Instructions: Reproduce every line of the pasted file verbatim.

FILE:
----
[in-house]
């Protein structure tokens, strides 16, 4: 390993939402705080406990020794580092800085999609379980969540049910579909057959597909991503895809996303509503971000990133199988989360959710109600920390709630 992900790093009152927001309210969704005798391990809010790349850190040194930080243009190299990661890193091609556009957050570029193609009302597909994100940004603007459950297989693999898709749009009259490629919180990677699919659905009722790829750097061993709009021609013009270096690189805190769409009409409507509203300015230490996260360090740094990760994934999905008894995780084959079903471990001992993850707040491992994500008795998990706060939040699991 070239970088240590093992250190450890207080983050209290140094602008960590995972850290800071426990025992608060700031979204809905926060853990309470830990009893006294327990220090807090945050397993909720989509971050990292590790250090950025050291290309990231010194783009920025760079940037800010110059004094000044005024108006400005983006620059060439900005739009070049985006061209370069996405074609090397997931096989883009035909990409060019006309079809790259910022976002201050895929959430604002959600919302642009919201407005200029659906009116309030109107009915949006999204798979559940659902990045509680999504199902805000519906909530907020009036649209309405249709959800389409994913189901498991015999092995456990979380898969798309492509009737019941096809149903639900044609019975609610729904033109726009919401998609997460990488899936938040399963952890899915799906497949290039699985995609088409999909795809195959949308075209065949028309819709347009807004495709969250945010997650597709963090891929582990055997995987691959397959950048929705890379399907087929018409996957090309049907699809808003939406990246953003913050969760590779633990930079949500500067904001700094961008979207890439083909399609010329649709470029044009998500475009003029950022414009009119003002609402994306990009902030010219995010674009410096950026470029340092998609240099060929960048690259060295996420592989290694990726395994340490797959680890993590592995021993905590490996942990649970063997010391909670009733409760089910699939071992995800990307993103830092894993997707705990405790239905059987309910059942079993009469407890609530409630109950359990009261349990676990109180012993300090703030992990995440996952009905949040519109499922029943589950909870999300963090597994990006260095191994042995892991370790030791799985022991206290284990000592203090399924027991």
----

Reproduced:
[in-house]
């Protein structure tokens, strides 16, 4: 390993939402705080406990020794580092800085999609379980969540049910579909057959597909991503895809996303509503971000990133199988989360959710109600920390709630 992900790093009152927001309210969704005798391990809010790349850190040194930080243009190299990661890193091609556009957050570029193609009302597909994100940004603007459950297989693999898709749009009259490629919180990677699919659905009722790829750097061993709009021609013009270096690189805190769409009409409507509203300015230490996260360090740094990760994934999905008894995780084959079903471990001992993850707040491992994500008795998990706060939040699991 070239970088240590093992250190450890207080983050209290140094602008960590995972850290800071426990025992608060700031979204809905926060853990309470830990009893006294327990220090807090945050397993909720989509971050990292590790250090950025050291290309990231010194783009920025760079940037800010110059004094000044005024108006400005983006620059060439900005739009070049985006061209370069996405074609090397997931096989883009035909990409060019006309079809790259910022976002201050895929959430604002959600919302642009919201407005200029659906009116309030109107009915949006999204798979559940659902990045509680999504199902805000519906909530907020009036649209309405249709959800389409994913189901498991015999092995456990979380898969798309492509009737019941096809149903639900044609019975609610729904033109726009919401998609997460990488899936938040399963952890899915799906497949290039699985995609088409999909795809195959949308075209065949028309819709347009807004495709969250945010997650597709963090891929582990055997995987691959397959950048929705890379399907087929018409996957090309049907699809808003939406990246953003913050969760590779633990930079949500500067904001700094961008979207890439083909399609010329649709470029044009998500475009003029950022414009009119003002609402994306990009902030010219995010674009410096950026470029340092998609240099060929960048690259060295996420592989290694990726395994340490797959680890993590592995021993905590490996942990649970063997010391909670009733409760089910699939071992995800990307993103830092894993997707705990405790239905059987309910059942079993009469407890609530409630109950359990009261349990676990109180012993300090703030992990995440996952009905949040519109499922029943589950909870999300963090597994990006260095191994042995892991370790030791799985022991206290284990000592203090399924027991």